Society for Cultural Anthropology
Volunteered - Oral Presentation Session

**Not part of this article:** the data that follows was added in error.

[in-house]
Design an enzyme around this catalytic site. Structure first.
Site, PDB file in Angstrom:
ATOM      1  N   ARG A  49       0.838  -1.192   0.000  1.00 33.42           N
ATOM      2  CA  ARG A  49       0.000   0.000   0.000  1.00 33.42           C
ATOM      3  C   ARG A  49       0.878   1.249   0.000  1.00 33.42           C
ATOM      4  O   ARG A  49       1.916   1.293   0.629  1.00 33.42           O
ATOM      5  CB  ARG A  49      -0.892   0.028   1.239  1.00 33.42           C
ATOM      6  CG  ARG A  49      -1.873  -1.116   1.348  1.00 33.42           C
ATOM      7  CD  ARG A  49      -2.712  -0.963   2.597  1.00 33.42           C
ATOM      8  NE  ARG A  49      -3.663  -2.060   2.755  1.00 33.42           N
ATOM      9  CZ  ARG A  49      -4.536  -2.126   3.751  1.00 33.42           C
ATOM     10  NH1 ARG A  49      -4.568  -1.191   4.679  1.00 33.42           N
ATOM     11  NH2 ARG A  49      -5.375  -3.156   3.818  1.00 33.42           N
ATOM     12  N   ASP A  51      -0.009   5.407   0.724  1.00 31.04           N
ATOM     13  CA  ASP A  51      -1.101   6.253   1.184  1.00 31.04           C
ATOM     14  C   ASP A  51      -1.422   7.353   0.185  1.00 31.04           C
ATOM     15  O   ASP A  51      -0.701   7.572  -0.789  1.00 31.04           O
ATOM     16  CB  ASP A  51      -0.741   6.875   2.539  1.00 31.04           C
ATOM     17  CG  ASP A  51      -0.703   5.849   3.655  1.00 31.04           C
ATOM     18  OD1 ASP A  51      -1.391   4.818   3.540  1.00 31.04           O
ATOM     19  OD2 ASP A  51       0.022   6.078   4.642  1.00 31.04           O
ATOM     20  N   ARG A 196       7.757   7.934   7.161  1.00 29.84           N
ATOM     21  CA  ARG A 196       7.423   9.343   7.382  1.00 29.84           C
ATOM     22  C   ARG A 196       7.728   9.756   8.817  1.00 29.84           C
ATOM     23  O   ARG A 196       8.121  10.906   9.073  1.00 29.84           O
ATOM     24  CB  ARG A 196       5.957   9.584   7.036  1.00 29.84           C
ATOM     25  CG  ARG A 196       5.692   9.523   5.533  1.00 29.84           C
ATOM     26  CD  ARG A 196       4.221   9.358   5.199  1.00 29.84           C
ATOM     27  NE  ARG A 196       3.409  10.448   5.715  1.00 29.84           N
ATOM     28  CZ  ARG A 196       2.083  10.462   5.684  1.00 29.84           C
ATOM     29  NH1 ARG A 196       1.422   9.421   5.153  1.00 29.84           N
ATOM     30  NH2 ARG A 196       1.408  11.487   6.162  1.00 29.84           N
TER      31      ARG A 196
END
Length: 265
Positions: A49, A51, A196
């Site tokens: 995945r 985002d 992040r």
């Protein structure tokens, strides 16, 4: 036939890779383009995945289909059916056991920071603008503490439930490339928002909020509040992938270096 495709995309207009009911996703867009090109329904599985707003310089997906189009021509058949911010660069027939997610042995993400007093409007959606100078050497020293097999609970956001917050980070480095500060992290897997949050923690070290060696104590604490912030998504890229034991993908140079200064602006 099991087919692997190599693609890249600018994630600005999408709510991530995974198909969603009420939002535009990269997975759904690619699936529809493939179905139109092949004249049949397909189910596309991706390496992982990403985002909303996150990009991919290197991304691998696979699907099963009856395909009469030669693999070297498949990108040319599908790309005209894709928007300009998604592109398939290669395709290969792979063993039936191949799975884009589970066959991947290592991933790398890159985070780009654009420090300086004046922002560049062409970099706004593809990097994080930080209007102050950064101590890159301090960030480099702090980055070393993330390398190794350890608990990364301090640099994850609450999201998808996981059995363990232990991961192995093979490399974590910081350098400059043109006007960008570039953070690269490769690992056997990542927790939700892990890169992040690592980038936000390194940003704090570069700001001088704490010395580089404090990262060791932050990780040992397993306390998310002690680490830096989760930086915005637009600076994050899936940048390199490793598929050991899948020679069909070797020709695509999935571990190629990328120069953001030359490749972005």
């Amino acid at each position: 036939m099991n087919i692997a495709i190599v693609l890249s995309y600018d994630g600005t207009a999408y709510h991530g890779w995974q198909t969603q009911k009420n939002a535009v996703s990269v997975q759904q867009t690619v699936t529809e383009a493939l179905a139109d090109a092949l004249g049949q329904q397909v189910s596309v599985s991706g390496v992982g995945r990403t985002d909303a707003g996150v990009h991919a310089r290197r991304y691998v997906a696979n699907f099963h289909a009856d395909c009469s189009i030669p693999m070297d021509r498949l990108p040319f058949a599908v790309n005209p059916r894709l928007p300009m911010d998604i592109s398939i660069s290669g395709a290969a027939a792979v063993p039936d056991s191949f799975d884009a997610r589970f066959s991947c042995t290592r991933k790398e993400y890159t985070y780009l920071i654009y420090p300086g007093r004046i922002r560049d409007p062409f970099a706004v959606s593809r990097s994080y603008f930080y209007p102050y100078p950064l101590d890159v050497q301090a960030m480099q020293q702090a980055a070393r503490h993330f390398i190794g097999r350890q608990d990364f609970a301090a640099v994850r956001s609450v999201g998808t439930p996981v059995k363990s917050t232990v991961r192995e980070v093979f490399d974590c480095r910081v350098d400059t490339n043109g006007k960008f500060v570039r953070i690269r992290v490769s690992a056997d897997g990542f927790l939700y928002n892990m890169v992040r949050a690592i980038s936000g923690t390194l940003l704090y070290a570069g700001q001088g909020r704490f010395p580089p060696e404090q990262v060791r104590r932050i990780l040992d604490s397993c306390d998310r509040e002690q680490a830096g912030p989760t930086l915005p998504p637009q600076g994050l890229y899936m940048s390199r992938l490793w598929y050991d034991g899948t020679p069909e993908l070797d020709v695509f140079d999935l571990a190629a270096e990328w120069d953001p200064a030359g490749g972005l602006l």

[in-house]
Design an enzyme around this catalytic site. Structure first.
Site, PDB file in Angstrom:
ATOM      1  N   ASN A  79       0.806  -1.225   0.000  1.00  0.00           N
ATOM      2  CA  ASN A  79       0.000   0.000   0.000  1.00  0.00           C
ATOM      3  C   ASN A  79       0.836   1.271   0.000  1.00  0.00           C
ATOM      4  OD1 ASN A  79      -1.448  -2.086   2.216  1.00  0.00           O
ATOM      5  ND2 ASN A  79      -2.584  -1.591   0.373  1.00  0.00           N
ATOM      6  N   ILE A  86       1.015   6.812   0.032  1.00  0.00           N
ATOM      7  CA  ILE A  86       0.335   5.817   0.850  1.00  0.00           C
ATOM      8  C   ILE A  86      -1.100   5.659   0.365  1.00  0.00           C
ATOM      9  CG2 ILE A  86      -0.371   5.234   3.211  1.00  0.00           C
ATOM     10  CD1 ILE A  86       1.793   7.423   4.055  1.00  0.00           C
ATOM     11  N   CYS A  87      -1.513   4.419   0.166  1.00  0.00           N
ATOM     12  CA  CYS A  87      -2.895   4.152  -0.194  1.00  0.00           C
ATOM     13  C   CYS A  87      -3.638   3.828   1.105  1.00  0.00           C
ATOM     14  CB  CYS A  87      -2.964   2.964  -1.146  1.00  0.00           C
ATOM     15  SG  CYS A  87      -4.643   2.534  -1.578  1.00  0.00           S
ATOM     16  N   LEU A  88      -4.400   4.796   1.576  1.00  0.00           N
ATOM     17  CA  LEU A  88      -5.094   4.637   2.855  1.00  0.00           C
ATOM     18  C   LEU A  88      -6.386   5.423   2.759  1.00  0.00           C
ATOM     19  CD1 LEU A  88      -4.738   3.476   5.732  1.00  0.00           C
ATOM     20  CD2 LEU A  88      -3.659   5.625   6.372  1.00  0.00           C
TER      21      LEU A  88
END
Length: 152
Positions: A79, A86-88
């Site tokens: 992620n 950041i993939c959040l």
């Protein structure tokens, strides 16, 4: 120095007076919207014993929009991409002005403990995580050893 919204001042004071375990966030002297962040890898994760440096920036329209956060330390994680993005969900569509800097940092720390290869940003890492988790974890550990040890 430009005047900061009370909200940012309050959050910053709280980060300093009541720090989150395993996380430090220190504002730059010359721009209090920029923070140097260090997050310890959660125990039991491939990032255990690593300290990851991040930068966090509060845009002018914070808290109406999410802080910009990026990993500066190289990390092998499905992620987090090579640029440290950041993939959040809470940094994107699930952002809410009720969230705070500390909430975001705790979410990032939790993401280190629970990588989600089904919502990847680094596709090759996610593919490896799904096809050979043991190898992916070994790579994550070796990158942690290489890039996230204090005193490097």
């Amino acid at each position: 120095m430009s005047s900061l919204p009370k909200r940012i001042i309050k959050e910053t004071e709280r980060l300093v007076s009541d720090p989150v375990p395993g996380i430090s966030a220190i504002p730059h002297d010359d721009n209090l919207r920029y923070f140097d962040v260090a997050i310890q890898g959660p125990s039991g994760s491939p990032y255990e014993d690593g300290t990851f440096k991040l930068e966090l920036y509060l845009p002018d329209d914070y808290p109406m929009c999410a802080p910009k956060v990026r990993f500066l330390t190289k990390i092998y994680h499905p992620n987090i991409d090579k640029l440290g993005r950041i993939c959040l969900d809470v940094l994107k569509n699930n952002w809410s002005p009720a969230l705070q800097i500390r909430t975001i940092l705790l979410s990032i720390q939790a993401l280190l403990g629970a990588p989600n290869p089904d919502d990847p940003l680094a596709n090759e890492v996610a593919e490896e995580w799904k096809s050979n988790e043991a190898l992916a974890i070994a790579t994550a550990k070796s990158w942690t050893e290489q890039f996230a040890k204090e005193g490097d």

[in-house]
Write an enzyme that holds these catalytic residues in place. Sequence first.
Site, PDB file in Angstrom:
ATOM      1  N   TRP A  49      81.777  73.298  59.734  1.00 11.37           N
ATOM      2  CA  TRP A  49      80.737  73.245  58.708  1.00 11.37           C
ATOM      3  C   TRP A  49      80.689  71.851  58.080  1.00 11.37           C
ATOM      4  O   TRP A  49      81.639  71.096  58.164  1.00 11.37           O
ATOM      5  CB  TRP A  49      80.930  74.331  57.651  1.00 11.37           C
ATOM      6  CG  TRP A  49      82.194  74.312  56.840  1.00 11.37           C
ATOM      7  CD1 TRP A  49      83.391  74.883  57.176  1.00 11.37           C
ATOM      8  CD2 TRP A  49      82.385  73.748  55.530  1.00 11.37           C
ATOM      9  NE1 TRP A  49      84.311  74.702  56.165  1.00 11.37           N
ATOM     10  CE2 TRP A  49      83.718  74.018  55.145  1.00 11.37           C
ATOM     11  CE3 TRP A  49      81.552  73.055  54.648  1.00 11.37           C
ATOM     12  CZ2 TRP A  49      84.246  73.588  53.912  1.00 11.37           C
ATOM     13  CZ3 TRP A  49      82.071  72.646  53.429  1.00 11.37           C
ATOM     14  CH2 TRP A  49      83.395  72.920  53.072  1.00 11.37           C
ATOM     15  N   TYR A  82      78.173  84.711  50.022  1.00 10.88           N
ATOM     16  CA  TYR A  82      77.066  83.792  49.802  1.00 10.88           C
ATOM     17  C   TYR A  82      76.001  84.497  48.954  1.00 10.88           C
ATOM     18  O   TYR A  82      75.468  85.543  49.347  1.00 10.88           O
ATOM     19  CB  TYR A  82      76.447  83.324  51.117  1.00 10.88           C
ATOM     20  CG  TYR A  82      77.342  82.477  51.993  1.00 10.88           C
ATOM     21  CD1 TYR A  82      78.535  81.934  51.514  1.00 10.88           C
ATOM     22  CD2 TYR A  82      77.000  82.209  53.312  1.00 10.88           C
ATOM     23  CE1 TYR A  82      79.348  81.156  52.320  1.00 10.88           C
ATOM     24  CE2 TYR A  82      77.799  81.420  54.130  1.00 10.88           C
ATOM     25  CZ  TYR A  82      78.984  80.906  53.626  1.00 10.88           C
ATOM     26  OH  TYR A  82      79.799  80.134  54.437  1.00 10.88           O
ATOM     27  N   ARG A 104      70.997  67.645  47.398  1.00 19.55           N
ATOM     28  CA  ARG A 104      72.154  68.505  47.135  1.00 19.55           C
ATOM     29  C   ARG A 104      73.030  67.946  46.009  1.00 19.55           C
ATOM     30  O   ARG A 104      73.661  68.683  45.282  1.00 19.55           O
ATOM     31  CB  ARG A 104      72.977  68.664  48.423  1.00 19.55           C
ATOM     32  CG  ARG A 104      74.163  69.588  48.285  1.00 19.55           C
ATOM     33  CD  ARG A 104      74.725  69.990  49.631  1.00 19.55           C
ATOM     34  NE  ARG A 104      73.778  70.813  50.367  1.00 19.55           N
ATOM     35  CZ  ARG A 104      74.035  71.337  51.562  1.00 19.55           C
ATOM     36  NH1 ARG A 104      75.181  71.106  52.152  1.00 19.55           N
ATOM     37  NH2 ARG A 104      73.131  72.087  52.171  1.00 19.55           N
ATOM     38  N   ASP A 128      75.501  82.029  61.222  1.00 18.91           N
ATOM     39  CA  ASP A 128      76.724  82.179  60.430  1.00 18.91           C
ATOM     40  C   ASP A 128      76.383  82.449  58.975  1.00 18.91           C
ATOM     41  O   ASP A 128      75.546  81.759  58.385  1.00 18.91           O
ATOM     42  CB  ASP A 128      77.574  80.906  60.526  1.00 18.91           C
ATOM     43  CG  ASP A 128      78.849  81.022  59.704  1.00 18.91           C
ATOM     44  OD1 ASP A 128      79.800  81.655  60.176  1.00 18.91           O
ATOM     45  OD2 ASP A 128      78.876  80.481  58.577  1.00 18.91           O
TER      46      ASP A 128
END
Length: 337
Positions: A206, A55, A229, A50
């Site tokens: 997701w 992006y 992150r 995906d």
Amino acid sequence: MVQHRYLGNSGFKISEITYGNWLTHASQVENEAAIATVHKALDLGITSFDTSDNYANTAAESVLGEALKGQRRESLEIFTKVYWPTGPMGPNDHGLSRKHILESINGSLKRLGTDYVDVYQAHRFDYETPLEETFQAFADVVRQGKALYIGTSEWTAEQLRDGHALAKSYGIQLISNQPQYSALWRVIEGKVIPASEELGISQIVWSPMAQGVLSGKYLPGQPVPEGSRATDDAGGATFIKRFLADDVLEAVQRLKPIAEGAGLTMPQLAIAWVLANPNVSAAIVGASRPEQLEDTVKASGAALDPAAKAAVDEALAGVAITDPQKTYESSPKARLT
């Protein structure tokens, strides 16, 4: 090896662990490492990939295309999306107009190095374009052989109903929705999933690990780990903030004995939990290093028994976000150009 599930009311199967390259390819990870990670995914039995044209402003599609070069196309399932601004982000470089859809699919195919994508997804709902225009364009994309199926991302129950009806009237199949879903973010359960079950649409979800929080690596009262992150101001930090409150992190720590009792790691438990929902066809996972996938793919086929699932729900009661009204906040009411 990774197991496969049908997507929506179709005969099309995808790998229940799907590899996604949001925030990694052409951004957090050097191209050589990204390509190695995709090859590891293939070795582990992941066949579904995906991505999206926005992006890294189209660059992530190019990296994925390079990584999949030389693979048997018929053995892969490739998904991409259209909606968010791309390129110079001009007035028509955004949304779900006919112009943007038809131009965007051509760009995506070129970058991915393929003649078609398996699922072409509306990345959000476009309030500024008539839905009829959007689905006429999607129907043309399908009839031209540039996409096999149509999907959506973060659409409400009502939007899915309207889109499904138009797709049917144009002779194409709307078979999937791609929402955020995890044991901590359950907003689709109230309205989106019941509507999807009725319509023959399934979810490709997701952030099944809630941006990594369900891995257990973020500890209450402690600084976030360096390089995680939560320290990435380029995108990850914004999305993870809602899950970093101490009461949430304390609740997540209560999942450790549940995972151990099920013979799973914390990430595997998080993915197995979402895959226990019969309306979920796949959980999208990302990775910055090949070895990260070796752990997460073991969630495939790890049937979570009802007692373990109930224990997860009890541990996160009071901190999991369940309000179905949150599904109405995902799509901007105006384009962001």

Do tourists and tourist industry workers have different conceptions of time? If so, how does this affect the construction of personal and social memory? In my analysis, I assert that there exist varying conceptions of time and constructions of memories for different stakeholders working in the spaces surrounding the world-renowned Maya city of Chichén Itzá. Specifically, I argue that there are differences along socioeconomic lines in the ways tourist industry workers conceptualize time and their Yucatec Maya identity within, and in contrast to, nationalist discourses in the service of state-building. This is especially in contrast to the way tourists specifically travel to the site to create an important life event and memory. Following Mignolo’s theory of Eurocentric conceptions of space and time (2002) and Quijano’s assertion that colonialism is constitutive of modernity (1993), I make a broader argument that illustrates the continuities of Eurocentric conceptions of time that manifest themselves in the lives of workers living in the municipality of Tinúm in which Chichén Itzá is situated as a symbol of world heritage and Mexican nationalism.